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This pandemic is exhausting. Just when we think it’s almost gone, a new variant rears its ugly head and the whole thing starts all over again.

But this time it’s different. Because many of us are vaccinated. The vaccines can’t keep us completely healthy, but they can keep the virus at bay, making it far less dangerous. Many vaccinated people who catch it have no symptoms at all. Unvaccinated people? They’re dying in greater numbers than before.

If you haven’t been vaccinated and can be, do it now. A congregant reminded me that because of pre-existing health reasons, not everyone can be vaccinated. This is quite different from choosing to not get the vaccine. If your doctor has told you that being vaccinated is contraindicated for you, follow your physician’s instructions, and remember to stay masked and avoid crowded places.

Please don’t be like the young man who was about to be intubated, and with his last words begged the doctor to give him the vaccine. She took his hand and softly told him that it’s too late.

I want to stand on top of a mountain and shout. Listen! Do it! NOW!

This must be a fraction of Moses’s feelings when he knew that he couldn’t enter the Promised Land with his people, and was anxious to make sure that they succeeded. Throughout the book of Deuteronomy he lectured, cajoled, blamed, encouraged, and recited commandment after commandment. Anything to ensure they would be successful and follow God’s laws.

This week we read one of the best known laws that he shared, one that is more a declaration than a commandment:

Shema Yisrael! Adonai Elohaynu, Adonai Echad.
Listen Israel! The Lord is our God, the Lord is One.

And immediately following is one of the oddest commandments of all: “You shall love Adonai your God with all your heart, and with all your soul, and with all your might.” (Deuteronomy 6:5-6).

Being commanded to love is a tall order. Love is an emotion. You can’t force someone to have an emotion, can you? Or can you? God and Moses seem to think it’s possible, and they give us the tools.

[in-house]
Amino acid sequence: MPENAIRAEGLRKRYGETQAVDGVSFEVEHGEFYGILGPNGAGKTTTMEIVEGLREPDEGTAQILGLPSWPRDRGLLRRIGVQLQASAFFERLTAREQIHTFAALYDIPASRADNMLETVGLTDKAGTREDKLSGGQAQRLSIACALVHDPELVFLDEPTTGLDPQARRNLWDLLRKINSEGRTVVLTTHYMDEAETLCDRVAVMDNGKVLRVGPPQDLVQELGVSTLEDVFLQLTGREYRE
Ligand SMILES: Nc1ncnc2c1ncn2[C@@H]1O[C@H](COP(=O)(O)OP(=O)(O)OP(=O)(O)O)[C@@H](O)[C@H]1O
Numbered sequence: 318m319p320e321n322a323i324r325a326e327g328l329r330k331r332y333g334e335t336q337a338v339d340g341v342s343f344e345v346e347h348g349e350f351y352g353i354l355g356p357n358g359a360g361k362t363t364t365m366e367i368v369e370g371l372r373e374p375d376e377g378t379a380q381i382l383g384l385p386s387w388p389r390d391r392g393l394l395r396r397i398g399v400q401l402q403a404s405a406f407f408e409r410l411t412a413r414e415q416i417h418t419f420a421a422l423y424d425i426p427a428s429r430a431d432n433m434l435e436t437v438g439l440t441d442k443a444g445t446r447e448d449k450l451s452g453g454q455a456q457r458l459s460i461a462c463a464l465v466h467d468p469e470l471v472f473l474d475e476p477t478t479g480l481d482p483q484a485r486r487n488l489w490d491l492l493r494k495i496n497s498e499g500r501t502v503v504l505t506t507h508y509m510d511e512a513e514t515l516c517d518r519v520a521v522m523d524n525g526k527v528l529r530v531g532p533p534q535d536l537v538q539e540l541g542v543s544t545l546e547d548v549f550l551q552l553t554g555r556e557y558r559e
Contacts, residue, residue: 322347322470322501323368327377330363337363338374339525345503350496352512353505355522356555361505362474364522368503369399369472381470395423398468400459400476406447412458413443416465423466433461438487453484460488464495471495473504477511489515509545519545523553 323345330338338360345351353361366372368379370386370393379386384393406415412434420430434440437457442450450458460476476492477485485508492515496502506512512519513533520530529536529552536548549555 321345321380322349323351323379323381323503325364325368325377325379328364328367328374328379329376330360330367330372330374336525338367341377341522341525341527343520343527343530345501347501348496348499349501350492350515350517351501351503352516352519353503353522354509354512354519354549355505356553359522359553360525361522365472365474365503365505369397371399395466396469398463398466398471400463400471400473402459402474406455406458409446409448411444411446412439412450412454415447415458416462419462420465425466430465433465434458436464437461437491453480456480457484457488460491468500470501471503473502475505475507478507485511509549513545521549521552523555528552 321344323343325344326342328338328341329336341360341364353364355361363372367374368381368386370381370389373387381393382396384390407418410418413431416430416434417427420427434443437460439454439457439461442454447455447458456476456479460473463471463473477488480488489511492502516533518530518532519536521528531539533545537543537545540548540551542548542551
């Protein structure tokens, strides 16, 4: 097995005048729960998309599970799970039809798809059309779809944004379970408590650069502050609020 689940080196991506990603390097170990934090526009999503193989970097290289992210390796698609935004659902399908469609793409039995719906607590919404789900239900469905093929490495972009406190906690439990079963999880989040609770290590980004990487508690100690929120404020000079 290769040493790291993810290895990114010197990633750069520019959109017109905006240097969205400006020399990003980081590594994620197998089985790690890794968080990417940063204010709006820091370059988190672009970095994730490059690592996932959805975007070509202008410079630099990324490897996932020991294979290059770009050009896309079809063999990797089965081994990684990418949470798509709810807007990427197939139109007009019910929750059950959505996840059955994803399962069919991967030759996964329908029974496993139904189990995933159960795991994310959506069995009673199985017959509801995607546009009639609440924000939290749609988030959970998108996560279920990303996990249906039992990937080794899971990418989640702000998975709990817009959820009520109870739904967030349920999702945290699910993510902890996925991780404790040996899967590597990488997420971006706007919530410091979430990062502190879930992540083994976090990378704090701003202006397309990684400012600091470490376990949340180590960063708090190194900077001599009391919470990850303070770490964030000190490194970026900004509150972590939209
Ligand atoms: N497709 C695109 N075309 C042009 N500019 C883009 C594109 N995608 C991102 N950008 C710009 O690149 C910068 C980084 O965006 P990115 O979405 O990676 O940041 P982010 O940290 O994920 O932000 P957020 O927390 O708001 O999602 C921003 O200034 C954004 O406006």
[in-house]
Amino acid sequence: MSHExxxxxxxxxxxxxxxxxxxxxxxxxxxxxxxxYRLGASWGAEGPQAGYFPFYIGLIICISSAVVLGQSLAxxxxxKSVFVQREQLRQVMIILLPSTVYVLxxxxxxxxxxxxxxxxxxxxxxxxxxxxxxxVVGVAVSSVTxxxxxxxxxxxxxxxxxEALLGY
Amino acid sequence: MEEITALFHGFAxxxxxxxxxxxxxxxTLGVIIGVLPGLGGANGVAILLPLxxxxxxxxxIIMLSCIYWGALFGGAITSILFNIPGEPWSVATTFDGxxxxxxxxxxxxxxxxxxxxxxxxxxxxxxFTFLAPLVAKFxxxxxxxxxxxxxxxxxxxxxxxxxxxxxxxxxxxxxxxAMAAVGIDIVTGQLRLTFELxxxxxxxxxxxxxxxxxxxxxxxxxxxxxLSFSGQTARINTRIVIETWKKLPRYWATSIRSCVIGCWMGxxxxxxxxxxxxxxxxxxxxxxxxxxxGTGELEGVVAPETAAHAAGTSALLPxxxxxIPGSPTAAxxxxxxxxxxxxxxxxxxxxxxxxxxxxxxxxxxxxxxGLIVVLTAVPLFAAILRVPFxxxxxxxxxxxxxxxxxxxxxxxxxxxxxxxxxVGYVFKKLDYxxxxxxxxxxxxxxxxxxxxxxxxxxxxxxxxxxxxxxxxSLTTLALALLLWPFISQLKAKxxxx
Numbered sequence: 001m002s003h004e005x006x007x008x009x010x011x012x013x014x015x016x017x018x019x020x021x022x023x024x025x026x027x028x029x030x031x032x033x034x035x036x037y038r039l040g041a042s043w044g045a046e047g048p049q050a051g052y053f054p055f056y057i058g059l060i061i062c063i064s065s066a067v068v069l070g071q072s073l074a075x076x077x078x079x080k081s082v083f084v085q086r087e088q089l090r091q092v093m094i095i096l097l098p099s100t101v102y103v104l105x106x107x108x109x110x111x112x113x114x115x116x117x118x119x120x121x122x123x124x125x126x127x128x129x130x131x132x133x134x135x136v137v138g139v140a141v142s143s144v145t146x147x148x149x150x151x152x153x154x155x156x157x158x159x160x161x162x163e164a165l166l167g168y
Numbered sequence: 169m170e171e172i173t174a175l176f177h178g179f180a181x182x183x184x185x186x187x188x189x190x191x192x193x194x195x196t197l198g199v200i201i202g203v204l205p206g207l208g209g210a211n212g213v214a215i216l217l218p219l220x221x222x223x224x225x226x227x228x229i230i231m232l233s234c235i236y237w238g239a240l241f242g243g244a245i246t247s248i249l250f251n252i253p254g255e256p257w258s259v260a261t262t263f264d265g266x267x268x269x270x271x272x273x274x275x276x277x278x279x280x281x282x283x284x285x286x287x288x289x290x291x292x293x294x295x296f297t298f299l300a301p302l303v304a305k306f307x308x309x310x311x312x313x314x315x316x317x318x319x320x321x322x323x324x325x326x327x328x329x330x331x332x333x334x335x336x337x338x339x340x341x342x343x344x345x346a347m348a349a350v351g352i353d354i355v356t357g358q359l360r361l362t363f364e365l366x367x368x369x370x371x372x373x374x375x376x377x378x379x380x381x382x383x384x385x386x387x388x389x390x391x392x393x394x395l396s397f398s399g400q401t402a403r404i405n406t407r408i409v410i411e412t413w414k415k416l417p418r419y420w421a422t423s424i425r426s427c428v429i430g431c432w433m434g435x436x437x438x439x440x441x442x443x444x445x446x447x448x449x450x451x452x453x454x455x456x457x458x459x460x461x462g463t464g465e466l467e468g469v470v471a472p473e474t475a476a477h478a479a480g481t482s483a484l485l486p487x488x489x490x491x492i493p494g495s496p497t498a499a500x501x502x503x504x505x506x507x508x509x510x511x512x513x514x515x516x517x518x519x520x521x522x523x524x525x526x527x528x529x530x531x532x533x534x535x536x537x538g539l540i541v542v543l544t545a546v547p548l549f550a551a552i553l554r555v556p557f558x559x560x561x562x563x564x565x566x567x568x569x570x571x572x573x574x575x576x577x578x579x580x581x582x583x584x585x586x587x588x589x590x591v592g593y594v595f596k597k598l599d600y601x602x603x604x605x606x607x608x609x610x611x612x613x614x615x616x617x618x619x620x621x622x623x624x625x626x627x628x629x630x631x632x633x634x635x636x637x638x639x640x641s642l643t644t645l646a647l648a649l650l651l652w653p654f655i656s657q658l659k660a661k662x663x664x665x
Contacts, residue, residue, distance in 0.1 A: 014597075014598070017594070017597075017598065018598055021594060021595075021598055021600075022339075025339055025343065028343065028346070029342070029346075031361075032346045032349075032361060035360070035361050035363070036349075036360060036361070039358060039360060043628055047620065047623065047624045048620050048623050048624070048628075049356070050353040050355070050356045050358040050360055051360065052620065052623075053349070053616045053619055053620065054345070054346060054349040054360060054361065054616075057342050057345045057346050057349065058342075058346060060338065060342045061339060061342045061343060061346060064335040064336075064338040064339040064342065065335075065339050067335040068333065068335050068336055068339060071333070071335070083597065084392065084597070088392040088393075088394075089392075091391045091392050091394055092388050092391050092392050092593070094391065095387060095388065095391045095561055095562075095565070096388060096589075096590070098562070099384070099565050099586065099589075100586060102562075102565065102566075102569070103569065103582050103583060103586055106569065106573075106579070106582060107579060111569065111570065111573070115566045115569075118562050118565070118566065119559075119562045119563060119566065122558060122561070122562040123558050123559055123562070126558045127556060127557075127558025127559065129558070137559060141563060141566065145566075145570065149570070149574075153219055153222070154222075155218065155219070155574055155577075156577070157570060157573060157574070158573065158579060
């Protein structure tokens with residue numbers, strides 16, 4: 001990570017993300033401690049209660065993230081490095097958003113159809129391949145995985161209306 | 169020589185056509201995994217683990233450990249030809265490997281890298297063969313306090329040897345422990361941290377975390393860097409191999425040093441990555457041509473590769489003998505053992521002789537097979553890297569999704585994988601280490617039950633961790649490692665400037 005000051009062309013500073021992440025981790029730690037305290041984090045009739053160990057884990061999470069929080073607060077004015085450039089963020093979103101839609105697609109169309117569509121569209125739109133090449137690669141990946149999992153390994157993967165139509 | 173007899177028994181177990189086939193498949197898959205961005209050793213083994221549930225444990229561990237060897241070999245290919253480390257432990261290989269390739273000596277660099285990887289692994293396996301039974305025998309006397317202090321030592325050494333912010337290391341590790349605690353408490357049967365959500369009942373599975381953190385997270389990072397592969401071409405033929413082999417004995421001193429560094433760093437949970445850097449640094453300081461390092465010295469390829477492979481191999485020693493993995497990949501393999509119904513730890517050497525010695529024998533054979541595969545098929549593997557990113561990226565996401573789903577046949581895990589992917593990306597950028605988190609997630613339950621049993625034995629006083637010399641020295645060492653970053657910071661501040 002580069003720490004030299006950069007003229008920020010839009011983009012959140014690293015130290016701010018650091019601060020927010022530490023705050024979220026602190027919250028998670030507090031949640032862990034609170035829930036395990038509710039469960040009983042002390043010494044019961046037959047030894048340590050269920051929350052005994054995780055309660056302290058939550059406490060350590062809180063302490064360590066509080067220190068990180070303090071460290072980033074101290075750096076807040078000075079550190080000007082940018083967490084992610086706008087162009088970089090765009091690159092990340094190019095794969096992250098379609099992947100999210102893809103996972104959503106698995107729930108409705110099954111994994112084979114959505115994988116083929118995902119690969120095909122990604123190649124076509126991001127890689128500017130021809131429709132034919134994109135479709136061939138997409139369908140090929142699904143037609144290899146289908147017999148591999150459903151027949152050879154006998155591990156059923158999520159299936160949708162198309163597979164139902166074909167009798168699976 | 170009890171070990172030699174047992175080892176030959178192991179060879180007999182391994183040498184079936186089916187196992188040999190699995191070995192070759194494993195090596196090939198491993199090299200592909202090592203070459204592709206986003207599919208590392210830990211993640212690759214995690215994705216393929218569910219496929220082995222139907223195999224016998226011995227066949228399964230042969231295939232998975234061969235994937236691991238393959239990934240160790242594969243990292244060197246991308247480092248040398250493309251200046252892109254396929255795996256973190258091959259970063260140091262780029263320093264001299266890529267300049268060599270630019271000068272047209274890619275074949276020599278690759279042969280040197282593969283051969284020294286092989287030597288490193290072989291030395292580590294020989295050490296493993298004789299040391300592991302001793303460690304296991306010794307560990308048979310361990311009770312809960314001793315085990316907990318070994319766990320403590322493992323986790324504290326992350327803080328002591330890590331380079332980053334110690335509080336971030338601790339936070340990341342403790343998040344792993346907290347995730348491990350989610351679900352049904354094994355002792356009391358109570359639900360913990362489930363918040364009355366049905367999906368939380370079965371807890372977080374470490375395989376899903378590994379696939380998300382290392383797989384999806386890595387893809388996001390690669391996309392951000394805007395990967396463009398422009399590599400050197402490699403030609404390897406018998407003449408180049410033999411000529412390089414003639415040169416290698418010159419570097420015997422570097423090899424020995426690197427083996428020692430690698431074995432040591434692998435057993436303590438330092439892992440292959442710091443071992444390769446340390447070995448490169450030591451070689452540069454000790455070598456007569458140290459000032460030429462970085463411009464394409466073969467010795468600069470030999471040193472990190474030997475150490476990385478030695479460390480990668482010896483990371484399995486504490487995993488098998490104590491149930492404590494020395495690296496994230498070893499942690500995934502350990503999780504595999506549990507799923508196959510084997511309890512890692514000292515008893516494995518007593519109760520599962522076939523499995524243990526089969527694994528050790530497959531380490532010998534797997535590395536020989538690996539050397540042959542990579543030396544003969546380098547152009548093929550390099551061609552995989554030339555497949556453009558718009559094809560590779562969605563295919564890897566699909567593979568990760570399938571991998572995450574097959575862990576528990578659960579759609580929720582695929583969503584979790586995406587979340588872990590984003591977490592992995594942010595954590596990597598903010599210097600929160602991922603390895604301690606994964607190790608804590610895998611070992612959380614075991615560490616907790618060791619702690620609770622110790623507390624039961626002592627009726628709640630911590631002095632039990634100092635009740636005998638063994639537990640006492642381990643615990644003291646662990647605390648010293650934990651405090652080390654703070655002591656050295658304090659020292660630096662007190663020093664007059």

How?  With all our heart and soul and strength.
When?  At bedtime. In the morning. Always.
Where?  At home. Away from home. Everywhere.
What?  Remind ourselves constantly.
Why?  For our children. For ourselves. For God.

The love that the Torah commands goes far beyond mere emotion. It is an expression of being in relationship with God. A full-time, whole-hearted relationship.

The words of the V’ahavta don’t tell us how to worship God. That’s elsewhere in Torah. This passage tells us how to love God and how to let that love infuse our very being, our every action, each moment. And every time we walk through the doorway of a Jewish home, we are reminded of these words, placed in every mezuzzah.

This unreserved, full-time love isn’t easy. Perhaps if we spread that love around, rather than concentrate it in one direction, it will come more easily, feel more comfortable.

After all, there is so much to love. Step outside your door and see the world before you, filled with people and nature, animals and buildings. Vaccines and peaches and air conditioning.

May we all be blessed with the ability to love unconditionally – love God, love ourselves, love our fellow humans, and love the planet on which we reside.

A mezuzzah case and the scroll inside. The letters on the case spell Shaddai, one of the names of God. The scroll is rolled up tightly inside. It looks exactly like the Shema and V’Ahavta look in the Torah.